Radio host says he won't eat until Congress passes voting rights legislation

An African American radio host says he won't eat until Congress passes voting rights legislation. 

“As a political protest, I am beginning a hunger strike today by abstaining from eating any solid food until Congress passes, and President BidenJoe BidenChina eyes military base on Africa's Atlantic coast: report Biden orders flags be flown at half-staff through Dec. 9 to honor Dole Biden heading to Kansas City to promote infrastructure package MORE signs, the Freedom to Vote Act or the John LewisJohn LewisDemocratic frustration growing over stagnating voting rights bills With extreme gerrymanders locking in, Biden needs to make democracy preservation job one Obama, Dave Chappelle nominated in same Grammy category MORE Voting Rights Advancement Act,” Joe Madison, host of SiriusXM Urban View, said on his show Monday. 

"And I repeat, just as food is necessary to sustain life, the right to vote is necessary to sustain democracy," he said. 

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Last week, Senate Republicans blocked the legislative body from starting debate on a voting rights bill named after the late Rep. John Lewis (D-Ga.). 

Other legislation on voting rights — bills would have gone beyond bolstering the Voting Rights Act of 1965 — has also failed to advance in the Senate this year. Last week's version picked up two key moderate votes in Sen. Lisa MurkowskiLisa Ann MurkowskiSenate leaders face pushback on tying debt fight to defense bill Congress should reject H.R. 1619's dangerous anywhere, any place casino precedent Democratic frustration growing over stagnating voting rights bills MORE (R-Alaska) and Sen. Joe ManchinJoe ManchinTrump haunts Biden vaccine mandate in courts IRS data proves Trump tax cuts benefited middle, working-class Americans most Overnight Energy & Environment — Presented by ExxonMobil — Dems press drillers over methane leaks MORE (D-W.Va.), but still failed to garner the 60 votes needed to move forward.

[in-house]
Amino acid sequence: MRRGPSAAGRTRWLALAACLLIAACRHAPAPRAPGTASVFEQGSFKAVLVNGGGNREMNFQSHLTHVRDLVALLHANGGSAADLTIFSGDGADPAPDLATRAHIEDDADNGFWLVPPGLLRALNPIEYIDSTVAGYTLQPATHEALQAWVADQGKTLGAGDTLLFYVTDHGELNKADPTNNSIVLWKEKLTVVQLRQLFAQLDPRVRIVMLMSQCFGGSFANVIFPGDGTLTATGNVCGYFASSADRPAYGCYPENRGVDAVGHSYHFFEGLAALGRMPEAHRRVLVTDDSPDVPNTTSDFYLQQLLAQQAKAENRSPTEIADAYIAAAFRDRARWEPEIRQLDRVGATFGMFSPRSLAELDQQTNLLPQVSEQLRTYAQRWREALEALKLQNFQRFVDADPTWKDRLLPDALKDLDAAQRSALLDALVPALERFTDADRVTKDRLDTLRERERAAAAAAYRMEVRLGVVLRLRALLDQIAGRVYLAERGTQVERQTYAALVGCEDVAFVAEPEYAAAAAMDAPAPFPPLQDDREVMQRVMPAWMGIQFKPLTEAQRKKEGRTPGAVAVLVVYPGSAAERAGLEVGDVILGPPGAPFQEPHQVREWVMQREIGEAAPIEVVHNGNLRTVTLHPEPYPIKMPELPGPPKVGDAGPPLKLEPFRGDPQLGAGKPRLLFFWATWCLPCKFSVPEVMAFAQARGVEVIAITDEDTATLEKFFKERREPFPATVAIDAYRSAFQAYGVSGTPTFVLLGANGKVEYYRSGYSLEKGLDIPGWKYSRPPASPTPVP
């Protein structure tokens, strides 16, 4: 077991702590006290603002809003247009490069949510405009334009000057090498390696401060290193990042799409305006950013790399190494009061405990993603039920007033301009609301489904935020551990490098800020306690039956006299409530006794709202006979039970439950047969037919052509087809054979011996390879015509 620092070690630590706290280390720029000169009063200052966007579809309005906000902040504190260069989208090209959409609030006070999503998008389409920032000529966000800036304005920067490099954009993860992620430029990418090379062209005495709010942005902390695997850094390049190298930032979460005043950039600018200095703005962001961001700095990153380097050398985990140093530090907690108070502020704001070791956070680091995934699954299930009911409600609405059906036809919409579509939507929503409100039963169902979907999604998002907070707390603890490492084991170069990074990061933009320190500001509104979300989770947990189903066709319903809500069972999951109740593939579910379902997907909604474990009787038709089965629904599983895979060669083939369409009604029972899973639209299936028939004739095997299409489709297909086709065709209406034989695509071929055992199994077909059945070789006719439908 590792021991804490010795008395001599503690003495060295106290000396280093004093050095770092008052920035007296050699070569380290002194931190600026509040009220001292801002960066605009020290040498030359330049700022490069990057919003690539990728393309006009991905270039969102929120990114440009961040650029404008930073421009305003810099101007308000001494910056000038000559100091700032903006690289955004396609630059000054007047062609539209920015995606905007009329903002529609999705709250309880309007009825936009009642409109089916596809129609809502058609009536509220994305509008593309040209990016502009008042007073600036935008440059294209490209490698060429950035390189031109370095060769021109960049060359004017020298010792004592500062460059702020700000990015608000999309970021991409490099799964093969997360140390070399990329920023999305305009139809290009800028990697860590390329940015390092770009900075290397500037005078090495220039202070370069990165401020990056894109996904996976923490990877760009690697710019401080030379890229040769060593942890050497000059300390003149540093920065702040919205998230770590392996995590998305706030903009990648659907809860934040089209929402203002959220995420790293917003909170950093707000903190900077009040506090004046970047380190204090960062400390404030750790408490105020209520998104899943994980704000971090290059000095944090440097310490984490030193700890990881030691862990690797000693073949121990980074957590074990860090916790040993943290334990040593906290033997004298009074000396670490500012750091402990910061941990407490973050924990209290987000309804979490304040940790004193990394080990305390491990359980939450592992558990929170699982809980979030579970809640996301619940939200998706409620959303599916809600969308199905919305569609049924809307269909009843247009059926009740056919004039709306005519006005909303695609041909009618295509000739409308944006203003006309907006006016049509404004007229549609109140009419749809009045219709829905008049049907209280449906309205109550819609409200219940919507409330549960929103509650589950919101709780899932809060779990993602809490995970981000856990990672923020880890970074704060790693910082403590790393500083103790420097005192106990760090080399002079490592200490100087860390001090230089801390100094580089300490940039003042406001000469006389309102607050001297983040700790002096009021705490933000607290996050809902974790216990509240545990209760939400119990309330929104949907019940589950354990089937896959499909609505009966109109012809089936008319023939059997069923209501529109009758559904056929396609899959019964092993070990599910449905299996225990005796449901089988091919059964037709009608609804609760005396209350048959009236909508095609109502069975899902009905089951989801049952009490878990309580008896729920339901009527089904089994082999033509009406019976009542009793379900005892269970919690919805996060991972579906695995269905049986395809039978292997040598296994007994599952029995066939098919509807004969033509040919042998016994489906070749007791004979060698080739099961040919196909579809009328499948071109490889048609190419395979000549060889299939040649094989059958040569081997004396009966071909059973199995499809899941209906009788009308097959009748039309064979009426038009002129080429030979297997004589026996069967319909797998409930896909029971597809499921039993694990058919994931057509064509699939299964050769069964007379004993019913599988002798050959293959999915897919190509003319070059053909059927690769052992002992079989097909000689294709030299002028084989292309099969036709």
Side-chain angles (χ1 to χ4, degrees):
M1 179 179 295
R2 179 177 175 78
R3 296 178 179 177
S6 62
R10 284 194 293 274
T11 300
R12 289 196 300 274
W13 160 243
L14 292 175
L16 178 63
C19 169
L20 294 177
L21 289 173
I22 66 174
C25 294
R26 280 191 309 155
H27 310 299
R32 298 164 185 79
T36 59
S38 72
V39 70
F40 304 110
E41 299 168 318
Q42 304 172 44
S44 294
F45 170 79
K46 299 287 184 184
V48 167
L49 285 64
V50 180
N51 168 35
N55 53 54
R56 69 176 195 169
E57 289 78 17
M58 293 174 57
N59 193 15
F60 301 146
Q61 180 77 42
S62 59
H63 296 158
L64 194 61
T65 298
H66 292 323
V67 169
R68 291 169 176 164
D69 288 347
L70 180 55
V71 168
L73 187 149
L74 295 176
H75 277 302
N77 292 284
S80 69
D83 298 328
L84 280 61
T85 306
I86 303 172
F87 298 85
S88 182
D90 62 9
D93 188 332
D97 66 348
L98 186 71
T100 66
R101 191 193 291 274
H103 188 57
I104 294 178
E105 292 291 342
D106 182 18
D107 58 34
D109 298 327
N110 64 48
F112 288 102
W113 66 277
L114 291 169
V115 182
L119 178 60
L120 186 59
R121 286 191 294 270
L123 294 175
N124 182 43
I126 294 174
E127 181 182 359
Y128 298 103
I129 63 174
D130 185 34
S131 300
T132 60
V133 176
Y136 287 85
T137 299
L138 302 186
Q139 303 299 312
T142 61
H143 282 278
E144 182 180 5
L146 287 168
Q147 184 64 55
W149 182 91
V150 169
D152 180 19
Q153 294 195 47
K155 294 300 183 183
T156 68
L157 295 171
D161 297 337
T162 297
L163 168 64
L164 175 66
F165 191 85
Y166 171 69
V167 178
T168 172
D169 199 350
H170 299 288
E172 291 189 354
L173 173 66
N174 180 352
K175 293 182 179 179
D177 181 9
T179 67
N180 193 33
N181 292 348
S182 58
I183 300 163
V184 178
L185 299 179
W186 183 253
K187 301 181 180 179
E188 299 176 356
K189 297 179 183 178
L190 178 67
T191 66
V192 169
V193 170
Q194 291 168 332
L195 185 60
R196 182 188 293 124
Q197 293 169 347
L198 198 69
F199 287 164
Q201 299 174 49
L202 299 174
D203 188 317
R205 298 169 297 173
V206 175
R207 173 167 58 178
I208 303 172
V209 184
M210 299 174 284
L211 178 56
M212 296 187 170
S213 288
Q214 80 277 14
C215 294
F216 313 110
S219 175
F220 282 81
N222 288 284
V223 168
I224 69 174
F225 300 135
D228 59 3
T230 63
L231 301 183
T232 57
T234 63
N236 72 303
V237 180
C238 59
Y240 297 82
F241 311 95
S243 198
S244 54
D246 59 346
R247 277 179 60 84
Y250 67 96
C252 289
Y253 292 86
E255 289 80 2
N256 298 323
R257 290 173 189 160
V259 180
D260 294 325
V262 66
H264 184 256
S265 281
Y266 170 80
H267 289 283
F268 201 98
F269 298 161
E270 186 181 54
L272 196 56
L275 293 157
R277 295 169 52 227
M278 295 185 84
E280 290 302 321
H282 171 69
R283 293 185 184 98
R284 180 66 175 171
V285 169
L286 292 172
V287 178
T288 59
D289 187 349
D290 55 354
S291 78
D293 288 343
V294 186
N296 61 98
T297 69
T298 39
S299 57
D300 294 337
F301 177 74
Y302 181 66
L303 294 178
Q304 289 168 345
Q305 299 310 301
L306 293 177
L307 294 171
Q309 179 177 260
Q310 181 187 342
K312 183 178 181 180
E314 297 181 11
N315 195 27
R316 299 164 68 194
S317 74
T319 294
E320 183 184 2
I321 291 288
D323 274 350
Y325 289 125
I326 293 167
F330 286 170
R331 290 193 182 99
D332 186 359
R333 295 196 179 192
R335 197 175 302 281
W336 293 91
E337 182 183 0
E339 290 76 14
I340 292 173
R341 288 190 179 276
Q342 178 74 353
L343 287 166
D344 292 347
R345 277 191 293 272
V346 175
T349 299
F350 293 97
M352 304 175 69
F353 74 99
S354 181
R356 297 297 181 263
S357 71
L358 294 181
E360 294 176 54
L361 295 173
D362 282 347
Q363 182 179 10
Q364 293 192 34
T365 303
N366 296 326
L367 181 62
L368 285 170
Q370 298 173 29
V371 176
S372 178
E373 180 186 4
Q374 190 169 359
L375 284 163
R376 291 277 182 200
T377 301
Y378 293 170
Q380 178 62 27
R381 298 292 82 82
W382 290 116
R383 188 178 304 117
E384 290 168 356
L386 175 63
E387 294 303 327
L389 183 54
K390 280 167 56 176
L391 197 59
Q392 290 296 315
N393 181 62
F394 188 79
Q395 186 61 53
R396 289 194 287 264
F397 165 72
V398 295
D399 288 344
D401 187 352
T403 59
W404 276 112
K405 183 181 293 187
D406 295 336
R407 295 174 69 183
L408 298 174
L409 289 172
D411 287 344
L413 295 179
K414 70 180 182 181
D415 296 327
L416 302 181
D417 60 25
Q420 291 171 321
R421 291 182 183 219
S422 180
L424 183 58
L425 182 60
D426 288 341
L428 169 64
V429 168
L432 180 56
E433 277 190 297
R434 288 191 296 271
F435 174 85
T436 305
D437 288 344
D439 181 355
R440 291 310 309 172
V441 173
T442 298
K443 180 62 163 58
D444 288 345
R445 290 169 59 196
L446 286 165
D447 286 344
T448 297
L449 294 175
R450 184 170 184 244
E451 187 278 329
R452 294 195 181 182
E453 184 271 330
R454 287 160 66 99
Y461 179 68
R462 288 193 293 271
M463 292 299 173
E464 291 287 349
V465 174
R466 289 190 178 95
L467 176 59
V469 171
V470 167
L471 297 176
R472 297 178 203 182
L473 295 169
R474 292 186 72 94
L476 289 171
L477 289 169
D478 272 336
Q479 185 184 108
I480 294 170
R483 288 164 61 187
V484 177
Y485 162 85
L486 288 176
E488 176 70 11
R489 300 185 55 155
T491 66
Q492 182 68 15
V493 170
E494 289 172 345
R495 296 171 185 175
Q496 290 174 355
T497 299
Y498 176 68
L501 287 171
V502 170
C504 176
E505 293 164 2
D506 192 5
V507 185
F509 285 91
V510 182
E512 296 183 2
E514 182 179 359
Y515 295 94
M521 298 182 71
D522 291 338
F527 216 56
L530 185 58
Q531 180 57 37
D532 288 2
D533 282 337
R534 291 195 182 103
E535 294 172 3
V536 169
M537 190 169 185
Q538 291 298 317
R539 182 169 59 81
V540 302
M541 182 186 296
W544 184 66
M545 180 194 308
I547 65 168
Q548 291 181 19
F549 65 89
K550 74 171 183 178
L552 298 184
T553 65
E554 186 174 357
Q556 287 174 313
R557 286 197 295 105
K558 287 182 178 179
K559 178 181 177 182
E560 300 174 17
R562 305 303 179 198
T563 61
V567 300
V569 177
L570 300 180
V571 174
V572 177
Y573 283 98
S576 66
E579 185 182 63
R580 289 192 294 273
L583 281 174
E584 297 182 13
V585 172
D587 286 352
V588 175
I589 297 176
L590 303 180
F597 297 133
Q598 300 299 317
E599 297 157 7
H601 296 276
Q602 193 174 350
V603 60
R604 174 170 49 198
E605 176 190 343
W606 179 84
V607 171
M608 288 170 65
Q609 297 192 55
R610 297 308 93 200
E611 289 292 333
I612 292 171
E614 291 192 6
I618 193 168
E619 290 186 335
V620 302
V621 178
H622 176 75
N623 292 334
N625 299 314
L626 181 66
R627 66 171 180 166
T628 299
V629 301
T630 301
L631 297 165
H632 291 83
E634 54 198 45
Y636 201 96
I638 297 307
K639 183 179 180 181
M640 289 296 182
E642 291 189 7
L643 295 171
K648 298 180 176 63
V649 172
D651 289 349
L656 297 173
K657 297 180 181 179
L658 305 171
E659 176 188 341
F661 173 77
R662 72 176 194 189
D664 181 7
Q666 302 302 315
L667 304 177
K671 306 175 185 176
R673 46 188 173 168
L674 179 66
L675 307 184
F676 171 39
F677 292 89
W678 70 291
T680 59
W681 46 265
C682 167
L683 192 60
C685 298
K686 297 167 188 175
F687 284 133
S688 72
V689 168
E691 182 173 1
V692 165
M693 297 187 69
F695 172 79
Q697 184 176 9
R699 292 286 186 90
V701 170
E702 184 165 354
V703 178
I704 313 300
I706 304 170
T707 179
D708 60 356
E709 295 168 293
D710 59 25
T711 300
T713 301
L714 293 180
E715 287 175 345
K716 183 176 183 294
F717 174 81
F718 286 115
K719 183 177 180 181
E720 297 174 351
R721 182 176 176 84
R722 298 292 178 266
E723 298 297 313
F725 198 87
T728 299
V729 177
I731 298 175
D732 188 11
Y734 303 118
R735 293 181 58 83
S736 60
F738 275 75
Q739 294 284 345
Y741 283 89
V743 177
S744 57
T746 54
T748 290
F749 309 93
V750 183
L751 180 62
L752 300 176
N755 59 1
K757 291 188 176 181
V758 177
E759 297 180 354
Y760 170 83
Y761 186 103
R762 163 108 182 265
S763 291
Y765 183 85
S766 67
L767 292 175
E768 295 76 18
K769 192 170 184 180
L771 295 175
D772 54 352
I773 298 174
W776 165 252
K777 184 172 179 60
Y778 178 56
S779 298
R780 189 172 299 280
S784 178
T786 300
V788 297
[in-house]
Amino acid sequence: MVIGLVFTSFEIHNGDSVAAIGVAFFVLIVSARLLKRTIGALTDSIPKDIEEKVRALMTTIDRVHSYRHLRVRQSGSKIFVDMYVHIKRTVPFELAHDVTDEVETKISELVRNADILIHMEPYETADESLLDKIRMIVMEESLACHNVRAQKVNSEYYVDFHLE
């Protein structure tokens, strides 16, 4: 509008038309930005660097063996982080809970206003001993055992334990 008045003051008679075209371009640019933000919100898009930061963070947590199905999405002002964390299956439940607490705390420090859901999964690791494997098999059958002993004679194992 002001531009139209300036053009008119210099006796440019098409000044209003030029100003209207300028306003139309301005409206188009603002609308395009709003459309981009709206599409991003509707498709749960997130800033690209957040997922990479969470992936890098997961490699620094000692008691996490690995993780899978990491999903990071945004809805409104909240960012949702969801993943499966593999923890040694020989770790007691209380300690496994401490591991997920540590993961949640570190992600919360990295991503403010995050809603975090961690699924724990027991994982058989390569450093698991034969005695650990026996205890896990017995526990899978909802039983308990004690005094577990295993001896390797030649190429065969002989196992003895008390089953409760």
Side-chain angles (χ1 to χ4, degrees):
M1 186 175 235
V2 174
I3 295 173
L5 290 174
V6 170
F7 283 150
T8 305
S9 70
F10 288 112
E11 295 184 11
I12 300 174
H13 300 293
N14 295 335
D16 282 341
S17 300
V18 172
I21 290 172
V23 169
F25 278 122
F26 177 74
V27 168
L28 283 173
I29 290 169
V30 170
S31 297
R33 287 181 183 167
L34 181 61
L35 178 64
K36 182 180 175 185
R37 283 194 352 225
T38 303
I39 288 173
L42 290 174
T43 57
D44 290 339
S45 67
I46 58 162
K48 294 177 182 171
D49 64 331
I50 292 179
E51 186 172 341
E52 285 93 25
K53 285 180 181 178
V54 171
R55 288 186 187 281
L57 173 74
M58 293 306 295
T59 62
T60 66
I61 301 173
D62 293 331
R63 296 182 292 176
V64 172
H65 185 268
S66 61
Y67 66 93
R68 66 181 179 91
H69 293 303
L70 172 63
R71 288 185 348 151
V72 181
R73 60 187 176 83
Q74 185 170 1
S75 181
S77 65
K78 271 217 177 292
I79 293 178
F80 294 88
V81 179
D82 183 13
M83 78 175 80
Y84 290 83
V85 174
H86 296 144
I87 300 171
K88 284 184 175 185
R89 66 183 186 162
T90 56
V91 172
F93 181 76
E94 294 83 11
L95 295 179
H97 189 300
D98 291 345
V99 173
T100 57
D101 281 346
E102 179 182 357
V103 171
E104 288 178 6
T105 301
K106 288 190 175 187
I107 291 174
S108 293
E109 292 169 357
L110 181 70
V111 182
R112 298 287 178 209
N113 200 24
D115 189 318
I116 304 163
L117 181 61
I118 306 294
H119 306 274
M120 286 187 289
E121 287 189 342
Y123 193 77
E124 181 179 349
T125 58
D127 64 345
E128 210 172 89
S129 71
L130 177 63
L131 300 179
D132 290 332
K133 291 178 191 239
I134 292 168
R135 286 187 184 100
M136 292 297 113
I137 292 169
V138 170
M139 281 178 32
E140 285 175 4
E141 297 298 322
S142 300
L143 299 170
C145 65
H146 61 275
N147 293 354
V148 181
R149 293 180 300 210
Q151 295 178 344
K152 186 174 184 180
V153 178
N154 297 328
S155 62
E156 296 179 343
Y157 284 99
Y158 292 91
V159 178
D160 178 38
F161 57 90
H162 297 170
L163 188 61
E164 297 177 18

Madison, a longtime progressive broadcaster and activist, said taking action is "not just a slogan," for him. 

"It is what drives me and inspires me," he said. "So I have begun this hunger strike, I should say this, in solidarity — let me repeat, in solidarity — with all those who are calling on Congress and the president of the United States to protect our voting rights." 

Over the summer, President Biden implored members of both parties on Capitol Hill to take swift action on voting rights, saying such action is necessary to combat laws in Republican controlled states that he and other leading Democrats have argued are trying to suppress minority votes. 

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"Perhaps most of all, it means continuing the cause that John was willing to give his life for: protecting the sacred right to vote," Biden said in July. "Not since the Civil Rights Movement of the 1950s and 1960s have we seen such unrelenting attacks on voting rights and the integrity of our elections — from the Big Lie to the insurrection on January 6th to the new waves of voter suppression and a new front of election subversion."

Enhanced voting rights is one of the issues some Democrats and outside advocacy groups have cited as an action item that cannot be accomplished with current Senate rules on debate in place. In September, a renewed push to advance the legislation was accompanied by calls from a number of Senate Democrats to abolish the legislative filibuster.

"I am here to say, at some point we've got to change these moments into movements," Madison said on his radio show. "And the difference between a moment and a movement is sacrifice. And although this is a moral as well as political cause for me, it is a component of a much larger movement.”